Archive for December, 2011

NDAA Sec. 1031

Thursday, December 8th, 2011

Well it’s December, and as usual that means our legislators are trying to cram a bunch of unwanted laws down our throats before the Christmas break.   Unfortunately that includes the annual NDAA (the National Defense Authorization Act).  And not unlike every other year, this one has its hidden agendas buried deep within its ever changing structure.   The problem is…   Sec. 1031.

 

   Section 1031 is by far one of the worst pieces ever to be added to the NDAA.   It quite literally gives the military (or FEMA where applicable) the ability to attack, capture, and detain, anyone in the world.   Here’s the kicker.   They can do this right here in the U.S.!  They can walk up to your house, kick your door in, march you and anyone in your family right out the front door, throw you in a van, and nobody will ever see you again.   According to Sec. 1031, they can do all this without:  A. A court order.  B. Reading you your rights.  C. Informing you of the charges against you.  D. Notifying anyone of your whereabouts.   E. Any kind of accountability.

 

   Not only can they violate the illegal search and seizure laws, but they can detain you INDEFINITELY!!!   No due process, no lawyer, not even so much as a phone call.  You’re completely and quite effectively SCREWED.  Your rights…  Gone!

 

   Quick fact, then a question.  Both the house and senate wrote Indefinite Detention additives to the NDAA.  That’s two separate bills (versions of the NDAA), both calling for the same thing.  Why?

 

   Why do certain people feel this is a MUST have in the new NDAA?  Who stands to gain from this?   This was written in secret, and shuffled into the NDAA in a relatively short matter of time.  The ink was still wet, as they say.   With both the house and the senate secret committees writing identical pieces of legislation, it seems all too unlikely that this is some bizarre anomaly.   Looks more like somebody wanted to hedge their bets. Whoever it was spent some serious cash getting this into play, and I want to know why.  They even took enough time to shoot down an amendment to Sec.1031 (S. Amdt. 1125) which called for clarification of who could be indefinitely detained.  No, somebody is determined to see this through.   But who?   And why?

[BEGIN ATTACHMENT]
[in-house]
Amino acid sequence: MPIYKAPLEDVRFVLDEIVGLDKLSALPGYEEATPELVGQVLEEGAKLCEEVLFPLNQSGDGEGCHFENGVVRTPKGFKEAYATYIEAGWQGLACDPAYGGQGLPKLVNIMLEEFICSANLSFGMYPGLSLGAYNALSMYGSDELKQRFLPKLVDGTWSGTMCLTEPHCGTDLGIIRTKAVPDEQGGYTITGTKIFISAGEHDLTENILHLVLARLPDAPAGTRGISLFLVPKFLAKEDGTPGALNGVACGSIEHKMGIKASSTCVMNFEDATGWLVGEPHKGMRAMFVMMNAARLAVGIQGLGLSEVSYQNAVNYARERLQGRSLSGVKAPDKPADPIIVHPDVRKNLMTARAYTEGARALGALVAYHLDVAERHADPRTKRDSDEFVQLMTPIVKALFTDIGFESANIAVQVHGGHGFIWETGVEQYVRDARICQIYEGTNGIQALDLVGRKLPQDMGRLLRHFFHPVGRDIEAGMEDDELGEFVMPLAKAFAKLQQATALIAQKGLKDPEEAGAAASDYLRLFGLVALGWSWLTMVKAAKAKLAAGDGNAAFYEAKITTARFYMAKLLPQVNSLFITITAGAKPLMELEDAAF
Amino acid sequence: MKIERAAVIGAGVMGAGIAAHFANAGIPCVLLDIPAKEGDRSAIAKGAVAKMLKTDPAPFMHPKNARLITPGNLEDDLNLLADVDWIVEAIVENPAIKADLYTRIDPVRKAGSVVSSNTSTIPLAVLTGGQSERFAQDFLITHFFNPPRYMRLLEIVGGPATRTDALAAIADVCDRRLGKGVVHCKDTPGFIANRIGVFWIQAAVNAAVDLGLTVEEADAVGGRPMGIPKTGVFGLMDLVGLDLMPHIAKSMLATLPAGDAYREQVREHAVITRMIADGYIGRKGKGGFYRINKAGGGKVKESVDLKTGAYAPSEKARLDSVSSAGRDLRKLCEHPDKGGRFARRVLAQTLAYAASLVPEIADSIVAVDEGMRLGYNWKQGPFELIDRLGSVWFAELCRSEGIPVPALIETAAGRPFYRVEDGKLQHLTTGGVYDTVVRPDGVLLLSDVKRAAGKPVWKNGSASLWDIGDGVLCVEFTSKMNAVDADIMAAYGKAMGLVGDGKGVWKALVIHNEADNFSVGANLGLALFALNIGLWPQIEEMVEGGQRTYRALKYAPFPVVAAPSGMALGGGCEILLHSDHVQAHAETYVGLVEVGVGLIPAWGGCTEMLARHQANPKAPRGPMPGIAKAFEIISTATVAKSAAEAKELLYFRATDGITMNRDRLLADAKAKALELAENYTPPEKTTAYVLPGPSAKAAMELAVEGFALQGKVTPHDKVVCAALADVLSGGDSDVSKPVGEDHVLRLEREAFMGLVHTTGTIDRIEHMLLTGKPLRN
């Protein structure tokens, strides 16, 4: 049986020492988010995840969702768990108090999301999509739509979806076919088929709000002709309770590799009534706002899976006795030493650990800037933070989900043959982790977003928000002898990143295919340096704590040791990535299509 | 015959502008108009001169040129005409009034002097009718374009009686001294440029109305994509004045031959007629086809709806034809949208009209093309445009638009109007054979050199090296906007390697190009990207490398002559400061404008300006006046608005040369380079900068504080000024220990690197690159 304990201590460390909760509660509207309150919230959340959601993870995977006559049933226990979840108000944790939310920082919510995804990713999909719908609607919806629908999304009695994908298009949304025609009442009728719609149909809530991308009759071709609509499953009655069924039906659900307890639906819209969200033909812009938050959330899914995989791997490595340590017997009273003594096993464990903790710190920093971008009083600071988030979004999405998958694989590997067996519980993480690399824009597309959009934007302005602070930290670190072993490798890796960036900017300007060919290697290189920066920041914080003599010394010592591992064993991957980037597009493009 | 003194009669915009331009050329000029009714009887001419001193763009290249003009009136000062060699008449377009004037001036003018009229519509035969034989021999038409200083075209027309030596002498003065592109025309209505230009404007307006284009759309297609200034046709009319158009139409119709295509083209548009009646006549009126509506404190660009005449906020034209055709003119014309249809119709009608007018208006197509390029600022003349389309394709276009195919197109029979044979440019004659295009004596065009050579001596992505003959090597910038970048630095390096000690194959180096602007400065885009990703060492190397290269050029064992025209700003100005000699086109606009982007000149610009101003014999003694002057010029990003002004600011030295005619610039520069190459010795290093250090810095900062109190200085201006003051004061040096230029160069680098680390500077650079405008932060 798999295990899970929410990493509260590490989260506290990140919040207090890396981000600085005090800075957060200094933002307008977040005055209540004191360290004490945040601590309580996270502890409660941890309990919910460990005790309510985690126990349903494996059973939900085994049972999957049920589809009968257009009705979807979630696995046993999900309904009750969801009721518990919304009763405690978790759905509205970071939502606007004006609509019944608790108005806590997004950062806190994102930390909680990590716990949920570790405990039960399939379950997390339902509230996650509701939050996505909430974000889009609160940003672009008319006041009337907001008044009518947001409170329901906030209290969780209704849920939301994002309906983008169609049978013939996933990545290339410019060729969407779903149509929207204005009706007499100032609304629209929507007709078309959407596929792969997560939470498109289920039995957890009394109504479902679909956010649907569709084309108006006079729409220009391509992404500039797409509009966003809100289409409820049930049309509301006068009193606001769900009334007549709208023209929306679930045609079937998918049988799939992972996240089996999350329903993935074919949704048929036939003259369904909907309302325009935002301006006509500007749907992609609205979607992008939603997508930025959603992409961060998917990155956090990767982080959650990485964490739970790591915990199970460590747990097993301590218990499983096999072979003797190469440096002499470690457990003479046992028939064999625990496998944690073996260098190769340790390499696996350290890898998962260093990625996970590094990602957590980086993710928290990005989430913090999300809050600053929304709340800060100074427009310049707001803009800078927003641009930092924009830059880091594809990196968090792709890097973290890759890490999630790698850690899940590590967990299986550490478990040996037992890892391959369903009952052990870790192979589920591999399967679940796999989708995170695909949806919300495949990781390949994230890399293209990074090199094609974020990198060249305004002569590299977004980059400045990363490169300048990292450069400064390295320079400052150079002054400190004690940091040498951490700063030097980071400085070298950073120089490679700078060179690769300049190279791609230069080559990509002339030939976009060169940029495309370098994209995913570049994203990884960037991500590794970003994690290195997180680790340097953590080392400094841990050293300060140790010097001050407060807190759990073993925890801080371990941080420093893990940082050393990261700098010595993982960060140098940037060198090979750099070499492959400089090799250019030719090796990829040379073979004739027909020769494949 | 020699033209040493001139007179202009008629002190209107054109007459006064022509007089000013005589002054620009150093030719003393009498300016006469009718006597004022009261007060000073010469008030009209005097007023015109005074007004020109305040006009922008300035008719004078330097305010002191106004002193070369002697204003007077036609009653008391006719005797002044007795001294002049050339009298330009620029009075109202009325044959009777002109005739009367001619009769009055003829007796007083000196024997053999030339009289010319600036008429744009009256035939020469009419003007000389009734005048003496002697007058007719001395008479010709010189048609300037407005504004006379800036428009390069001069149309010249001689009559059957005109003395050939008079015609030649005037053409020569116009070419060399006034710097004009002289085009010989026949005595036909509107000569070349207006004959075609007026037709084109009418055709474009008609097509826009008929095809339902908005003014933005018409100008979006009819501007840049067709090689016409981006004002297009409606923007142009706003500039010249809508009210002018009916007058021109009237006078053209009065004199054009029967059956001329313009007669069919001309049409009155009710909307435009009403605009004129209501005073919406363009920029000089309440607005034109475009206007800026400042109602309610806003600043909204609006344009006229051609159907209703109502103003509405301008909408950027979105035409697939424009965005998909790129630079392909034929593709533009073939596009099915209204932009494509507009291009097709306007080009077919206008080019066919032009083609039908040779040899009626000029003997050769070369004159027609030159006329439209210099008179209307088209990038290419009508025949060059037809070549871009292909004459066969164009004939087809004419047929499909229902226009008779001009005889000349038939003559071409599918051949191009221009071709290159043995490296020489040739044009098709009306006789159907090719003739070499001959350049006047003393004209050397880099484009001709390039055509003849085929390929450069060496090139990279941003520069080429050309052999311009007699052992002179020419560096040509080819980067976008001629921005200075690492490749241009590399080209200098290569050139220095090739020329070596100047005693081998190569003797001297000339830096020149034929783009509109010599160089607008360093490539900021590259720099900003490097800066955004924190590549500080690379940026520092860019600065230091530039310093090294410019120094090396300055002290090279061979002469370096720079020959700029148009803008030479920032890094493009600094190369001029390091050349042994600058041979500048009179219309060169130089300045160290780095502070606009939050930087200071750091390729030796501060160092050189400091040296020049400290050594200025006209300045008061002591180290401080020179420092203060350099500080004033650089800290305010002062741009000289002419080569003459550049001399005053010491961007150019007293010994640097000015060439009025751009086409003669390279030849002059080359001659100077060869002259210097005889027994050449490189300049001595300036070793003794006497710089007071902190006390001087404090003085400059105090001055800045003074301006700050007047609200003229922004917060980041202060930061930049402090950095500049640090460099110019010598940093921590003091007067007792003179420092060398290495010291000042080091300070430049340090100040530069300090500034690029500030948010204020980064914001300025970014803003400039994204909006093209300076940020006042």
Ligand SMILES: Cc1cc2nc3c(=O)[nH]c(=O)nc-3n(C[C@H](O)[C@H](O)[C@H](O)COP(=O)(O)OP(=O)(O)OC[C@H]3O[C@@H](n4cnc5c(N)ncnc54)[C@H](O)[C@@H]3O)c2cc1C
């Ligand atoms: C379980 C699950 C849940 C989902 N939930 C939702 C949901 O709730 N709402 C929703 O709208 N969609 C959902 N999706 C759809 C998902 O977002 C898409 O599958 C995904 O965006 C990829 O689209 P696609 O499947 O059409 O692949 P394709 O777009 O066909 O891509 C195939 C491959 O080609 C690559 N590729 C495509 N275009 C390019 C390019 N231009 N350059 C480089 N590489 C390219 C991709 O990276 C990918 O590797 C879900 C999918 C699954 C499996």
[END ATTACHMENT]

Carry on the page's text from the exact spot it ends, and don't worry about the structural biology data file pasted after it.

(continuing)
The who and why is something we’ll need to research further.   We have some names, but we’ll need to link them up to the appropriate cash cows to figure out why.   Politics is business, and we’ll need to see who stands to make out big in the Detention industry.  There are Four people responsible for taking the two bills and combining them into one, before it goes on the house floor.  They are: Sen. John McCain (R),  Sen. Carl Levin (D),   HASC Chairman Buck McKeon (R), Adam Smith (D).    Smith is the only one not involved in the writing of the original detention additives, and is the only one to come out publicly against the bills.    The other three however, authored the originals, and have been pushing them hard.  So they seem like the absolute best place to start.   Find who is pulling their strings, and you’ll have your answers.

 

Good luck to all of us.  We’re going to need it.

 

Click the link if you want to help stop these criminals.

Google vs The World

Monday, December 5th, 2011

In the interest of fairness, I have to disclose that I am a Google stock holder, and as such would like to see Google do well.  With that being said, Here is why I think Google having a browser is such a bad idea.